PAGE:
The various forms of news sites and the complexity of online news content require further investigations on sample sizes for the Web. Online news sites that are affiliated with traditional media outlets, such as the much-visited New York Times Online, retain a large audience.13 Little research has explored the sample sizes for those online news sites. Therefore, this study will compare the effectiveness and efficiency of sample sizes for content analyses of online news sites, specifically the New York Times Online.
A great number of Internet-related studies have analyzed online news sites, including newspaper sites, television sites, and Web-only news sites. For instance, Li studied newspapers’ Web page design;14 Cassidy compared Web-only news sites and daily paper sites;15 Schwalbe examined U.S. news sites’ portrayal of the Iraq war.16 Unlike personal blogs or news aggregation sites (e.g. Yahoo!News and Google news), online news sites usually feature an independent newsgathering and editing system, update on a daily basis, and retain a large audience.17 Content analyses of online news sites concentrate mostly on articles, images, or Web pages within specific Web sites. Thus researchers are able to estimate the sampling frames—the entire set of articles or Web pages within a certain time frame. With a definable sampling frame, determining an effective and efficient sample size becomes feasible and worthwhile.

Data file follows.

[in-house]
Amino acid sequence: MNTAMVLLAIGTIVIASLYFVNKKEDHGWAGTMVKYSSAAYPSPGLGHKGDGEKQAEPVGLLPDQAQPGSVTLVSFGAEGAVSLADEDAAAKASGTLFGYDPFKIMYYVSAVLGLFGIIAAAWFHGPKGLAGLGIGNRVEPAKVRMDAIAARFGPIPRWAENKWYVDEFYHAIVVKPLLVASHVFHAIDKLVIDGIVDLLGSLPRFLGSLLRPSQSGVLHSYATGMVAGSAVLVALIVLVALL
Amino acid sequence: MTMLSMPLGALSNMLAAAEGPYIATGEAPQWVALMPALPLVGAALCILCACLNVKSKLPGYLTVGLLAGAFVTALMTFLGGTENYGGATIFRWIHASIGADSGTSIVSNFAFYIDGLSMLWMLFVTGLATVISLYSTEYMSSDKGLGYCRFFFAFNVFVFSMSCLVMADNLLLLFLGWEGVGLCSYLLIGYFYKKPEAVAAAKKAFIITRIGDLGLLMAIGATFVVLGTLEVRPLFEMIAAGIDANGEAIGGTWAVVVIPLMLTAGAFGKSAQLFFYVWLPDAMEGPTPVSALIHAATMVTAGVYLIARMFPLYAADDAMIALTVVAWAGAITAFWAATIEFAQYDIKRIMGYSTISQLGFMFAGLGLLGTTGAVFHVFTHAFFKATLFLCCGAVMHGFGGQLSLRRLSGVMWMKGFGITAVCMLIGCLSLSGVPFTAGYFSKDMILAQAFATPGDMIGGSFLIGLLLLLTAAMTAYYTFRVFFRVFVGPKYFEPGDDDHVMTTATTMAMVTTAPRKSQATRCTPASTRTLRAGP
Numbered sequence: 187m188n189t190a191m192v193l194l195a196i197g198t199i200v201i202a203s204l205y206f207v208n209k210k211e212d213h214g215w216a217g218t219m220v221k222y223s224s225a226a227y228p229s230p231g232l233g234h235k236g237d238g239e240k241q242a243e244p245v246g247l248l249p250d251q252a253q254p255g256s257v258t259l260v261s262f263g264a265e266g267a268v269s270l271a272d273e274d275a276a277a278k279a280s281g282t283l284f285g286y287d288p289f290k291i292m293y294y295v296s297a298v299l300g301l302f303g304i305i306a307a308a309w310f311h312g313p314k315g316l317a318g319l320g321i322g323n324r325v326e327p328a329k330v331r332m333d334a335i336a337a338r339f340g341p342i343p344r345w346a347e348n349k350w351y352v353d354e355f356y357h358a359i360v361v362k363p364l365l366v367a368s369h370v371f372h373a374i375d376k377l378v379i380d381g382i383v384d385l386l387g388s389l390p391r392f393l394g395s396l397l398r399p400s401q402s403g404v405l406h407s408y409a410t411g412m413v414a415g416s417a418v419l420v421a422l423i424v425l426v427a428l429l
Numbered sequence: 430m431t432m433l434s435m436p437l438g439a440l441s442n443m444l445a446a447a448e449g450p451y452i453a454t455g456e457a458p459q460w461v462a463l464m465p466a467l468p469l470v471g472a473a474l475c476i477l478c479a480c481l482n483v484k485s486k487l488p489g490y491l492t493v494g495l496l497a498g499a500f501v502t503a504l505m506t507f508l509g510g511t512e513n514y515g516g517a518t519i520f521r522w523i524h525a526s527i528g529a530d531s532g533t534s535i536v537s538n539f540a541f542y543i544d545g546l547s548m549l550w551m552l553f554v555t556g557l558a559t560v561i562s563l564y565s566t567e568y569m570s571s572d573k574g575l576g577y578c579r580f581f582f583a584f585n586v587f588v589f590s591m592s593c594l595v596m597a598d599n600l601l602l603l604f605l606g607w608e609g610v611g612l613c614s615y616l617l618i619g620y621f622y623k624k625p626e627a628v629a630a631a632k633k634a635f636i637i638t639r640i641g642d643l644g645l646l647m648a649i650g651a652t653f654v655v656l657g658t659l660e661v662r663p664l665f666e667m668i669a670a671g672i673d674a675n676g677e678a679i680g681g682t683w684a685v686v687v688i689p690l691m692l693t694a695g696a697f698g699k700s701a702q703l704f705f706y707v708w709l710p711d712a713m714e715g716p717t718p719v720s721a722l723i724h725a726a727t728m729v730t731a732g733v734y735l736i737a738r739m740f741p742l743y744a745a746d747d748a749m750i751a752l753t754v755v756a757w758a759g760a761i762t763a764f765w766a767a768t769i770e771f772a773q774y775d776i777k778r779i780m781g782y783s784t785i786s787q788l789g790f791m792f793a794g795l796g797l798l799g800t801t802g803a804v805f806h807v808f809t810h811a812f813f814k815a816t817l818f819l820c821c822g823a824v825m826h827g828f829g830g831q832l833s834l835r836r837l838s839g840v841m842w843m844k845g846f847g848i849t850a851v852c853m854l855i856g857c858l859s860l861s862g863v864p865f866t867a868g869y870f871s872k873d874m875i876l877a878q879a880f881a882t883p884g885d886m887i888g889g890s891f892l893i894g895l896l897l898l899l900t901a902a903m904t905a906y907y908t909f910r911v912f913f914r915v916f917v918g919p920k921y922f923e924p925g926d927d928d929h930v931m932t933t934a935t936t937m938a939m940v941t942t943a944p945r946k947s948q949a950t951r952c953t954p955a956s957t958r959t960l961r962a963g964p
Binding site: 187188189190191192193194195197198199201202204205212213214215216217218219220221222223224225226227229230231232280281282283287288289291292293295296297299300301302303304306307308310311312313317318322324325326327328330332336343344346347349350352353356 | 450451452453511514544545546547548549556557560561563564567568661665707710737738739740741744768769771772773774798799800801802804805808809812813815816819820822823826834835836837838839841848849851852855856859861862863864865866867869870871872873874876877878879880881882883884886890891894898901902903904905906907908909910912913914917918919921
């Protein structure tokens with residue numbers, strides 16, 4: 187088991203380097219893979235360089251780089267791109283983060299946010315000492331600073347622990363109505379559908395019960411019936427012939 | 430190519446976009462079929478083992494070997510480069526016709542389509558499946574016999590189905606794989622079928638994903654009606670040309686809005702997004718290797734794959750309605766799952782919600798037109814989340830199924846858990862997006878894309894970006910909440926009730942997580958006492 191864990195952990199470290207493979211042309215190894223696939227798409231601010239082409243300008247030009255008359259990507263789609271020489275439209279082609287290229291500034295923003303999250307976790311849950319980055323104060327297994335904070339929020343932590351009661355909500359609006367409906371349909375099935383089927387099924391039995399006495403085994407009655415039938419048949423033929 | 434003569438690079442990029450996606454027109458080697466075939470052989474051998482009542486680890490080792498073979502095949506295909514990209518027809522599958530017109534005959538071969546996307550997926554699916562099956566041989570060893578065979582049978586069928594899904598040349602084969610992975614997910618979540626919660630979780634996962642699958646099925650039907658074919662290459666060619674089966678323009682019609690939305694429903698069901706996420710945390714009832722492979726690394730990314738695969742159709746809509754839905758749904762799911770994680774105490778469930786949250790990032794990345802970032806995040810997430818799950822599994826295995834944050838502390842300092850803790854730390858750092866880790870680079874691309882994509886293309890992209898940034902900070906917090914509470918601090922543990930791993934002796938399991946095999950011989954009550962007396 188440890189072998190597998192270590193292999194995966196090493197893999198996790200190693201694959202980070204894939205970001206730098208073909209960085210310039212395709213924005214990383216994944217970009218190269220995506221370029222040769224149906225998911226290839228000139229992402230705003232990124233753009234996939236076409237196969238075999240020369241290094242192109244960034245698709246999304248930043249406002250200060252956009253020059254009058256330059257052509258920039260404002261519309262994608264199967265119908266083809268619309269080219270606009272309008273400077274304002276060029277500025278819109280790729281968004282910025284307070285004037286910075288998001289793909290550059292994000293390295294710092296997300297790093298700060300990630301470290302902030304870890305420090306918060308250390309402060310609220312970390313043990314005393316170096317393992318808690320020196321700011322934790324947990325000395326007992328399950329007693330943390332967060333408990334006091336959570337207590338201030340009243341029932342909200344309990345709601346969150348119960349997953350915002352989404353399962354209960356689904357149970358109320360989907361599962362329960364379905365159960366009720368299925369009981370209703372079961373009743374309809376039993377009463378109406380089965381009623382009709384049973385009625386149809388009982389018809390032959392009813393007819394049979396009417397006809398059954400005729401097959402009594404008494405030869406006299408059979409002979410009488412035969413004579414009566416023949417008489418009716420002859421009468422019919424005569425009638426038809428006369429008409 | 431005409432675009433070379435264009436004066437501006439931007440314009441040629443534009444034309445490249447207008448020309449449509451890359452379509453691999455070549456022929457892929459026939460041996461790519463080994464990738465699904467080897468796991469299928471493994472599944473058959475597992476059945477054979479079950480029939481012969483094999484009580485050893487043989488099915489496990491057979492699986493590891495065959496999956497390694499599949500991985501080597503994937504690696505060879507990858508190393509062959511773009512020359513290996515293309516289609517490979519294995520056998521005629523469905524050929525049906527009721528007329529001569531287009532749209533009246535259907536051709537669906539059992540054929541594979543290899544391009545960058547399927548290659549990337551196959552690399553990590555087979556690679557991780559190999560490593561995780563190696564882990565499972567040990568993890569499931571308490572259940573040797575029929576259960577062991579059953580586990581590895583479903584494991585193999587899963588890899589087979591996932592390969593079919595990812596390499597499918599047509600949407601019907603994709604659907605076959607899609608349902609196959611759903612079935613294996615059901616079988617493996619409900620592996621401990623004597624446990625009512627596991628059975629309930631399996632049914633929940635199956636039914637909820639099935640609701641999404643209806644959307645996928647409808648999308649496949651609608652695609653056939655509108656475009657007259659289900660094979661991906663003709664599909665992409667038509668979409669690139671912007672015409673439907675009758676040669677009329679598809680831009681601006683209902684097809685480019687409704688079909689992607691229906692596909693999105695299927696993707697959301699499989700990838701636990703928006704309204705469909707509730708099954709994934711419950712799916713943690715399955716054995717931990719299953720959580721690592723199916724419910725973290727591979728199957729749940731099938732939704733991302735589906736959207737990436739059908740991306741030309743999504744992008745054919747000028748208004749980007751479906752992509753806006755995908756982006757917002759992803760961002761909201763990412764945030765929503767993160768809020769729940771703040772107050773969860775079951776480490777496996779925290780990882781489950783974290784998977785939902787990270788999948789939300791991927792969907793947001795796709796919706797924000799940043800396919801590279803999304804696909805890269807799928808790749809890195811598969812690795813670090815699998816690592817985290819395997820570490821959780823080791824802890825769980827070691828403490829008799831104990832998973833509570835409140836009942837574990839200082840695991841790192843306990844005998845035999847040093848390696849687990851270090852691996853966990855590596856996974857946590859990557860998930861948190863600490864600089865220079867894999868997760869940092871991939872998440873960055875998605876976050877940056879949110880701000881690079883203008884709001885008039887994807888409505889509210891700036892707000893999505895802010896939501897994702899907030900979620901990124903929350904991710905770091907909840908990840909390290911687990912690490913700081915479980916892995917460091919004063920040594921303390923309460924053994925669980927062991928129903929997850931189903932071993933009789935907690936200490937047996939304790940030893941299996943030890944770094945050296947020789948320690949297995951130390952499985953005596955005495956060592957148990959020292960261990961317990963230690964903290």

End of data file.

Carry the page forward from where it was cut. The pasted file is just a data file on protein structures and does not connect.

Exploring Sample Sizes
Obtaining an ideal sample size is, in effect, a “cost-benefit question.”18 An effective and efficient sample size is achieved at the point when increasing the number of cases will not significantly improve the representativeness of the sample results but decreasing the number will significantly damage the sample’s validity. This basic principle underlies most of the work that has been done on sample sizes and methods in content analysis.19 An effective and efficient sample size in content analysis research helps the researcher avoid the cost of analyzing a vast amount of data, a virtue especially relevant in the case of the overwhelming amount of online data, and simultaneously reduces sampling error and helps ensure reasonable validity of the inferences and predictions.20